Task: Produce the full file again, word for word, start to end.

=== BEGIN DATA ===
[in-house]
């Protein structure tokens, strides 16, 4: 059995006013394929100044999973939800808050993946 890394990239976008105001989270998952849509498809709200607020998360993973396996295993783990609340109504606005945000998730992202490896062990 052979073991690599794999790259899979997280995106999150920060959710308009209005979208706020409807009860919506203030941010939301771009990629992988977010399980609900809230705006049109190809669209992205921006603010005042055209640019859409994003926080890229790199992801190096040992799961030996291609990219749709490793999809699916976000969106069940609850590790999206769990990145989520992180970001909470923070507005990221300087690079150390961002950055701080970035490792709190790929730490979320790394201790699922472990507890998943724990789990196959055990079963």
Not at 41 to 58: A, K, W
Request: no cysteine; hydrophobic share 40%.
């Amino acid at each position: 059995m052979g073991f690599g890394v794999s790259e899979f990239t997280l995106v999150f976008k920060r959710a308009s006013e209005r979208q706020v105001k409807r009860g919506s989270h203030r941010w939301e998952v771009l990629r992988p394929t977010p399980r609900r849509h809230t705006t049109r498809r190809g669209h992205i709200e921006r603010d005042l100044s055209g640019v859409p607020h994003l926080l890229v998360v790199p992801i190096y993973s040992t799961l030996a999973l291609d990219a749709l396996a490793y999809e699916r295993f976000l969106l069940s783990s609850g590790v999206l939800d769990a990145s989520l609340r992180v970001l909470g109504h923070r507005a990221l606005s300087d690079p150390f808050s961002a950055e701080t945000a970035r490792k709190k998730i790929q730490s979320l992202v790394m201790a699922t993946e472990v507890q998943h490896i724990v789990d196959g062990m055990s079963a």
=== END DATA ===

[in-house]
């Protein structure tokens, strides 16, 4: 059995006013394929100044999973939800808050993946 890394990239976008105001989270998952849509498809709200607020998360993973396996295993783990609340109504606005945000998730992202490896062990 052979073991690599794999790259899979997280995106999150920060959710308009209005979208706020409807009860919506203030941010939301771009990629992988977010399980609900809230705006049109190809669209992205921006603010005042055209640019859409994003926080890229790199992801190096040992799961030996291609990219749709490793999809699916976000969106069940609850590790999206769990990145989520992180970001909470923070507005990221300087690079150390961002950055701080970035490792709190790929730490979320790394201790699922472990507890998943724990789990196959055990079963």
Not at 41 to 58: A, K, W
Request: no cysteine; hydrophobic share 40%.
């Amino acid at each position: 059995m052979g073991f690599g890394v794999s790259e899979f990239t997280l995106v999150f976008k920060r959710a308009s006013e209005r979208q706020v105001k409807r009860g919506s989270h203030r941010w939301e998952v771009l990629r992988p394929t977010p399980r609900r849509h809230t705006t049109r498809r190809g669209h992205i709200e921006r603010d005042l100044s055209g640019v859409p607020h994003l926080l890229v998360v790199p992801i190096y993973s040992t799961l030996a999973l291609d990219a749709l396996a490793y999809e699916r295993f976000l969106l069940s783990s609850g590790v999206l939800d769990a990145s989520l609340r992180v970001l909470g109504h923070r507005a990221l606005s300087d690079p150390f808050s961002a950055e701080t945000a970035r490792k709190k998730i790929q730490s979320l992202v790394m201790a699922t993946e472990v507890q998943h490896i724990v789990d196959g062990m055990s079963a």